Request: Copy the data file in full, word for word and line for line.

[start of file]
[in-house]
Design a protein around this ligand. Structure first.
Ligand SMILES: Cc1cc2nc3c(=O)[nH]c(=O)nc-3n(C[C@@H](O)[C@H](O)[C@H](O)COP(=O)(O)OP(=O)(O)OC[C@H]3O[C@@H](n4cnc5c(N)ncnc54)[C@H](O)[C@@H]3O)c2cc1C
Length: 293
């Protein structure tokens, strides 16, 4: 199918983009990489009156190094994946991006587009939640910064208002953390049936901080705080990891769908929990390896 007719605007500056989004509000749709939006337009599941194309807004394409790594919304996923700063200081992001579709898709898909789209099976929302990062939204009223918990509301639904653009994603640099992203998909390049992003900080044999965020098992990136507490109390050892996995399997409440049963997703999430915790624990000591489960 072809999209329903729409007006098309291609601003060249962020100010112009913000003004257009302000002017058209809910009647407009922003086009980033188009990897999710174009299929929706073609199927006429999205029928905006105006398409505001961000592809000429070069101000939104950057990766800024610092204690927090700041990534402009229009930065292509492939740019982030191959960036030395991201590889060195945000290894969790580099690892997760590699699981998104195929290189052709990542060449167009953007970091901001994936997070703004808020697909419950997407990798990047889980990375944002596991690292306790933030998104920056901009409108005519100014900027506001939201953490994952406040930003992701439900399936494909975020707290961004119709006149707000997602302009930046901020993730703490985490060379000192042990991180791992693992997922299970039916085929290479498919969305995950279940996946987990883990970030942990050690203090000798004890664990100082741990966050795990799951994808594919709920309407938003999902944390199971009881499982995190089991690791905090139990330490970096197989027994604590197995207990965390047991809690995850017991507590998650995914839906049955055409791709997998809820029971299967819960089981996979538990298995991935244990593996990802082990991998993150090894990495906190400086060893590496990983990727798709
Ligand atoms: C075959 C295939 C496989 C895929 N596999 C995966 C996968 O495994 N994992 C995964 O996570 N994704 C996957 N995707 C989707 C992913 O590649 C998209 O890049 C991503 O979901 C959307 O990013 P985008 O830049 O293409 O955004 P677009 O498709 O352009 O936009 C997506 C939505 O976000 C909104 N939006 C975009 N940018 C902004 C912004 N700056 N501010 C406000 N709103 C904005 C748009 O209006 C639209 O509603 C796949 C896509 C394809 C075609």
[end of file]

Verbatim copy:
[in-house]
Design a protein around this ligand. Structure first.
Ligand SMILES: Cc1cc2nc3c(=O)[nH]c(=O)nc-3n(C[C@@H](O)[C@H](O)[C@H](O)COP(=O)(O)OP(=O)(O)OC[C@H]3O[C@@H](n4cnc5c(N)ncnc54)[C@H](O)[C@@H]3O)c2cc1C
Length: 293
């Protein structure tokens, strides 16, 4: 199918983009990489009156190094994946991006587009939640910064208002953390049936901080705080990891769908929990390896 007719605007500056989004509000749709939006337009599941194309807004394409790594919304996923700063200081992001579709898709898909789209099976929302990062939204009223918990509301639904653009994603640099992203998909390049992003900080044999965020098992990136507490109390050892996995399997409440049963997703999430915790624990000591489960 072809999209329903729409007006098309291609601003060249962020100010112009913000003004257009302000002017058209809910009647407009922003086009980033188009990897999710174009299929929706073609199927006429999205029928905006105006398409505001961000592809000429070069101000939104950057990766800024610092204690927090700041990534402009229009930065292509492939740019982030191959960036030395991201590889060195945000290894969790580099690892997760590699699981998104195929290189052709990542060449167009953007970091901001994936997070703004808020697909419950997407990798990047889980990375944002596991690292306790933030998104920056901009409108005519100014900027506001939201953490994952406040930003992701439900399936494909975020707290961004119709006149707000997602302009930046901020993730703490985490060379000192042990991180791992693992997922299970039916085929290479498919969305995950279940996946987990883990970030942990050690203090000798004890664990100082741990966050795990799951994808594919709920309407938003999902944390199971009881499982995190089991690791905090139990330490970096197989027994604590197995207990965390047991809690995850017991507590998650995914839906049955055409791709997998809820029971299967819960089981996979538990298995991935244990593996990802082990991998993150090894990495906190400086060893590496990983990727798709
Ligand atoms: C075959 C295939 C496989 C895929 N596999 C995966 C996968 O495994 N994992 C995964 O996570 N994704 C996957 N995707 C989707 C992913 O590649 C998209 O890049 C991503 O979901 C959307 O990013 P985008 O830049 O293409 O955004 P677009 O498709 O352009 O936009 C997506 C939505 O976000 C909104 N939006 C975009 N940018 C902004 C912004 N700056 N501010 C406000 N709103 C904005 C748009 O209006 C639209 O509603 C796949 C896509 C394809 C075609």